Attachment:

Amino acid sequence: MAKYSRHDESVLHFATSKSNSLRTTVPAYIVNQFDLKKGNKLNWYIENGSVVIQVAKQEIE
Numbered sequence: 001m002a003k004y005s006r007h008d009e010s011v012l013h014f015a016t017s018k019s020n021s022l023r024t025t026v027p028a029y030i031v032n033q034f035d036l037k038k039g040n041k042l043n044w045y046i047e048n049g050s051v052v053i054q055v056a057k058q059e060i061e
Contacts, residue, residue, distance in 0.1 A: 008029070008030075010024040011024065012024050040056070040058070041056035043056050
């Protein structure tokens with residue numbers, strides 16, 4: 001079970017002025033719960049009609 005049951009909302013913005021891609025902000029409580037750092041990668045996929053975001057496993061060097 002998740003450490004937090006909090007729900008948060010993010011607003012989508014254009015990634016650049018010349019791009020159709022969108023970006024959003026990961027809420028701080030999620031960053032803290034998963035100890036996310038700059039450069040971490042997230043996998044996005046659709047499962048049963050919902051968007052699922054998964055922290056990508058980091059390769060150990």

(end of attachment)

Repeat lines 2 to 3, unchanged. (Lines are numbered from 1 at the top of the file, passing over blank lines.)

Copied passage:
Numbered sequence: 001m002a003k004y005s006r007h008d009e010s011v012l013h014f015a016t017s018k019s020n021s022l023r024t025t026v027p028a029y030i031v032n033q034f035d036l037k038k039g040n041k042l043n044w045y046i047e048n049g050s051v052v053i054q055v056a057k058q059e060i061e
Contacts, residue, residue, distance in 0.1 A: 008029070008030075010024040011024065012024050040056070040058070041056035043056050